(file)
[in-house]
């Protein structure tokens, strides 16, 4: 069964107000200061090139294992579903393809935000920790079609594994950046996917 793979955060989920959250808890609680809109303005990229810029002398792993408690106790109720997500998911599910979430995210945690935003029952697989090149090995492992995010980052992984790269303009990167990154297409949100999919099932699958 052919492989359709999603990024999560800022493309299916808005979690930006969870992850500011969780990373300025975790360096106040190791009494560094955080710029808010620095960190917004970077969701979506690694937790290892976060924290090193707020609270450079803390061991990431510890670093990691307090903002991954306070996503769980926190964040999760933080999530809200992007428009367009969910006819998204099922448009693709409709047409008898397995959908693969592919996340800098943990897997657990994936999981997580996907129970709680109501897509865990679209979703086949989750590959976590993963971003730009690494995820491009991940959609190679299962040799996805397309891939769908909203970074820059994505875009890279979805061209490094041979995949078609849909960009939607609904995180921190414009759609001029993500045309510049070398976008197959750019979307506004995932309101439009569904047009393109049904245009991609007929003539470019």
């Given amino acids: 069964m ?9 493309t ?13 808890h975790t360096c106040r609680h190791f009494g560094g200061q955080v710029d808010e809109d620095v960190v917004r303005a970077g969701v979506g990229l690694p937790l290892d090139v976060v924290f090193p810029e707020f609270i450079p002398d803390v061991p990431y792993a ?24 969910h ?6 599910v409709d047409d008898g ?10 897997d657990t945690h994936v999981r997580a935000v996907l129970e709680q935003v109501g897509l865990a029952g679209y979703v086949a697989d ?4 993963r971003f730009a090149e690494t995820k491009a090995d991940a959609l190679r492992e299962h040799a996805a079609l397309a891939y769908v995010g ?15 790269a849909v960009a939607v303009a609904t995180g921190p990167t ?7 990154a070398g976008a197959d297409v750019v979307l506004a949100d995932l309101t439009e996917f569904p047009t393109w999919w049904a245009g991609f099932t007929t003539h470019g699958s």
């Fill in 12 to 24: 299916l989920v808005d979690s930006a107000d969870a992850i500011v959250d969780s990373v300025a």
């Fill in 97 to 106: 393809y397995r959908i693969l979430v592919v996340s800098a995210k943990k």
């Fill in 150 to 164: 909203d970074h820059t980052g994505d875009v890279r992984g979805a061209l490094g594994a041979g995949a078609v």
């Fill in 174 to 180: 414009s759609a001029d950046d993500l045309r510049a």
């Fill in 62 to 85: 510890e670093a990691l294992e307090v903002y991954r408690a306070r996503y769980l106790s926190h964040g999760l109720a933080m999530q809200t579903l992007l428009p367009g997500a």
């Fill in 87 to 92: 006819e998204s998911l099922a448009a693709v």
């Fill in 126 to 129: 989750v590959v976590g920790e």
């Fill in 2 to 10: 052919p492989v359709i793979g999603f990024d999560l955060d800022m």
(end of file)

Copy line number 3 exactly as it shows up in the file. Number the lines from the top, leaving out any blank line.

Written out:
């Given amino acids: 069964m ?9 493309t ?13 808890h975790t360096c106040r609680h190791f009494g560094g200061q955080v710029d808010e809109d620095v960190v917004r303005a970077g969701v979506g990229l690694p937790l290892d090139v976060v924290f090193p810029e707020f609270i450079p002398d803390v061991p990431y792993a ?24 969910h ?6 599910v409709d047409d008898g ?10 897997d657990t945690h994936v999981r997580a935000v996907l129970e709680q935003v109501g897509l865990a029952g679209y979703v086949a697989d ?4 993963r971003f730009a090149e690494t995820k491009a090995d991940a959609l190679r492992e299962h040799a996805a079609l397309a891939y769908v995010g ?15 790269a849909v960009a939607v303009a609904t995180g921190p990167t ?7 990154a070398g976008a197959d297409v750019v979307l506004a949100d995932l309101t439009e996917f569904p047009t393109w999919w049904a245009g991609f099932t007929t003539h470019g699958s």